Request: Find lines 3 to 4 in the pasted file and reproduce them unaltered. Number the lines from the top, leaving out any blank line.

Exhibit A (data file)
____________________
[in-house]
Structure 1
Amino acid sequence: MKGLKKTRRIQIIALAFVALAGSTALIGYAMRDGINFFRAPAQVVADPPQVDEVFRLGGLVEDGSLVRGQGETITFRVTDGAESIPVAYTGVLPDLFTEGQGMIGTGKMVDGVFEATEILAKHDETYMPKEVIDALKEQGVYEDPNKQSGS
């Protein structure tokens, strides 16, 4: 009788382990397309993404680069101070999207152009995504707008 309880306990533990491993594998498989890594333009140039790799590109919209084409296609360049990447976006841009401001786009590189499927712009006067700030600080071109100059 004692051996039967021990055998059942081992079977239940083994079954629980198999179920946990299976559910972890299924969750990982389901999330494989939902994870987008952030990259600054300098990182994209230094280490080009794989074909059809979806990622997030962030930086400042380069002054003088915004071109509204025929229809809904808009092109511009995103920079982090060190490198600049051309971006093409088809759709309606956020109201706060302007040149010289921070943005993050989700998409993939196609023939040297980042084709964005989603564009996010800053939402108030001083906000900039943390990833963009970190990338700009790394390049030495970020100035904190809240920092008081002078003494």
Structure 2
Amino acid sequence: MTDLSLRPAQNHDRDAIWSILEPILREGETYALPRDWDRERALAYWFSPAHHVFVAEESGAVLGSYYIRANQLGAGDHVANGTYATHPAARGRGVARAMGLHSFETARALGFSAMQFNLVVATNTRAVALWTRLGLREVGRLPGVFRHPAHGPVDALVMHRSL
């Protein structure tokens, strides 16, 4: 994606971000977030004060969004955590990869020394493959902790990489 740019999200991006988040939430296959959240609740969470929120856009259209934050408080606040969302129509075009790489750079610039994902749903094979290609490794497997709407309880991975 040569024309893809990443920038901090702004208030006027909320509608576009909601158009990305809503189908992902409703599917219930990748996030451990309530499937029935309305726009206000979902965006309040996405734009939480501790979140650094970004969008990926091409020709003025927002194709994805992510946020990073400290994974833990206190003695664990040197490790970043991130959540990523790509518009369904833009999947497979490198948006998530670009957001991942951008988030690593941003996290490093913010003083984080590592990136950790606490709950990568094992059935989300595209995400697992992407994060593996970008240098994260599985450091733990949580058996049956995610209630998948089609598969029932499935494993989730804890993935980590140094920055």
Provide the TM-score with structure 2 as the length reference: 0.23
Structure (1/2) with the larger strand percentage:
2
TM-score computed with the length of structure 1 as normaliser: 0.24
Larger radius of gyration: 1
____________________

Amino acid sequence: MKGLKKTRRIQIIALAFVALAGSTALIGYAMRDGINFFRAPAQVVADPPQVDEVFRLGGLVEDGSLVRGQGETITFRVTDGAESIPVAYTGVLPDLFTEGQGMIGTGKMVDGVFEATEILAKHDETYMPKEVIDALKEQGVYEDPNKQSGS
């Protein structure tokens, strides 16, 4: 009788382990397309993404680069101070999207152009995504707008 309880306990533990491993594998498989890594333009140039790799590109919209084409296609360049990447976006841009401001786009590189499927712009006067700030600080071109100059 004692051996039967021990055998059942081992079977239940083994079954629980198999179920946990299976559910972890299924969750990982389901999330494989939902994870987008952030990259600054300098990182994209230094280490080009794989074909059809979806990622997030962030930086400042380069002054003088915004071109509204025929229809809904808009092109511009995103920079982090060190490198600049051309971006093409088809759709309606956020109201706060302007040149010289921070943005993050989700998409993939196609023939040297980042084709964005989603564009996010800053939402108030001083906000900039943390990833963009970190990338700009790394390049030495970020100035904190809240920092008081002078003494």